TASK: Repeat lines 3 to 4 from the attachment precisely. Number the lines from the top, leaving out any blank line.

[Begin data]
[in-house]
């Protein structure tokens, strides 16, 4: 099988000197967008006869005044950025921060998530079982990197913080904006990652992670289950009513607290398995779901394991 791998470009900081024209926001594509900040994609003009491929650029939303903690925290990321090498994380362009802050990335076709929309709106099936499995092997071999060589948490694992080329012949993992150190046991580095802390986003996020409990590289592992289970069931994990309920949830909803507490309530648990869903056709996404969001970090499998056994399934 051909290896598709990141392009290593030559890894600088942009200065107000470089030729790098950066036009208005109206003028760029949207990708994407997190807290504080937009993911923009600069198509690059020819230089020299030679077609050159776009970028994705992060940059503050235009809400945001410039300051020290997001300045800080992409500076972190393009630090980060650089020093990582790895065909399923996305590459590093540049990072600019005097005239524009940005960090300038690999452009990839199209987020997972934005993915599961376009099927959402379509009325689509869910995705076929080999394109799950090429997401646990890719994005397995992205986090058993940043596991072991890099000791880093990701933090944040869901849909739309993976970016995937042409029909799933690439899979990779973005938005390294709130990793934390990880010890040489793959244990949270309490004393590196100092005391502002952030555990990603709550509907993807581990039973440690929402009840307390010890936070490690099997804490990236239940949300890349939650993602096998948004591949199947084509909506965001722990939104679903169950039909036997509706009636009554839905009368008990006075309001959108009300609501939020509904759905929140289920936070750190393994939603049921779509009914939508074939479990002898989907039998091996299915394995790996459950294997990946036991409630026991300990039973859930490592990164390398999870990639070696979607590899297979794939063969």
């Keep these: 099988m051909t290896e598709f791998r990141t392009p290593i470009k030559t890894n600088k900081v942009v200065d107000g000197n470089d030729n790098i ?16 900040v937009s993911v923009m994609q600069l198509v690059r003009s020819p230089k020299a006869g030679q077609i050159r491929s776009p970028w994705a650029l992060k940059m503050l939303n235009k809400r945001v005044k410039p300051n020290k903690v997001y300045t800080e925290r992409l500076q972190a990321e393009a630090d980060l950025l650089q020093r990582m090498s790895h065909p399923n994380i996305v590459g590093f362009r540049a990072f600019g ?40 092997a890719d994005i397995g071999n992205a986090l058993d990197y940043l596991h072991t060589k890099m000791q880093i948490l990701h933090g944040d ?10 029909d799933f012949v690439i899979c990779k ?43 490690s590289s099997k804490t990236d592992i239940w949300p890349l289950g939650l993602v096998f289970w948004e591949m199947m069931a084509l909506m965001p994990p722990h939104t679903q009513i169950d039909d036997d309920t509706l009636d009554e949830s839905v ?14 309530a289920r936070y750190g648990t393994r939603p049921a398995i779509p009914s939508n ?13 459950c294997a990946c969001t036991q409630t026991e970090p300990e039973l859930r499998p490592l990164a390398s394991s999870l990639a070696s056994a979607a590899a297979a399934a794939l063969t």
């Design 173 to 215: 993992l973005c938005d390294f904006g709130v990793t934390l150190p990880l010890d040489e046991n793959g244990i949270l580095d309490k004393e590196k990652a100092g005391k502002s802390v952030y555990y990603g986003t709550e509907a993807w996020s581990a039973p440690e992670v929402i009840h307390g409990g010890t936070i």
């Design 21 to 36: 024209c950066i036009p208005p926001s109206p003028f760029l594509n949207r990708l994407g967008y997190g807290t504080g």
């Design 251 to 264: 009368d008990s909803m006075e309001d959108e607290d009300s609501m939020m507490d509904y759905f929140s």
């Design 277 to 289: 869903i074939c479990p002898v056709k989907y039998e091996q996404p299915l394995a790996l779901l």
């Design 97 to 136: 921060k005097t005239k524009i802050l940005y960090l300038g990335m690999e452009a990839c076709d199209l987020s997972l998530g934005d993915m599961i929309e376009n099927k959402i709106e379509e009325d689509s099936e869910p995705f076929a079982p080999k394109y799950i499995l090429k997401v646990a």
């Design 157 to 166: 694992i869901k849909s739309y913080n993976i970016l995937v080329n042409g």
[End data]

């Keep these: 099988m051909t290896e598709f791998r990141t392009p290593i470009k030559t890894n600088k900081v942009v200065d107000g000197n470089d030729n790098i ?16 900040v937009s993911v923009m994609q600069l198509v690059r003009s020819p230089k020299a006869g030679q077609i050159r491929s776009p970028w994705a650029l992060k940059m503050l939303n235009k809400r945001v005044k410039p300051n020290k903690v997001y300045t800080e925290r992409l500076q972190a990321e393009a630090d980060l950025l650089q020093r990582m090498s790895h065909p399923n994380i996305v590459g590093f362009r540049a990072f600019g ?40 092997a890719d994005i397995g071999n992205a986090l058993d990197y940043l596991h072991t060589k890099m000791q880093i948490l990701h933090g944040d ?10 029909d799933f012949v690439i899979c990779k ?43 490690s590289s099997k804490t990236d592992i239940w949300p890349l289950g939650l993602v096998f289970w948004e591949m199947m069931a084509l909506m965001p994990p722990h939104t679903q009513i169950d039909d036997d309920t509706l009636d009554e949830s839905v ?14 309530a289920r936070y750190g648990t393994r939603p049921a398995i779509p009914s939508n ?13 459950c294997a990946c969001t036991q409630t026991e970090p300990e039973l859930r499998p490592l990164a390398s394991s999870l990639a070696s056994a979607a590899a297979a399934a794939l063969t």
């Design 173 to 215: 993992l973005c938005d390294f904006g709130v990793t934390l150190p990880l010890d040489e046991n793959g244990i949270l580095d309490k004393e590196k990652a100092g005391k502002s802390v952030y555990y990603g986003t709550e509907a993807w996020s581990a039973p440690e992670v929402i009840h307390g409990g010890t936070i």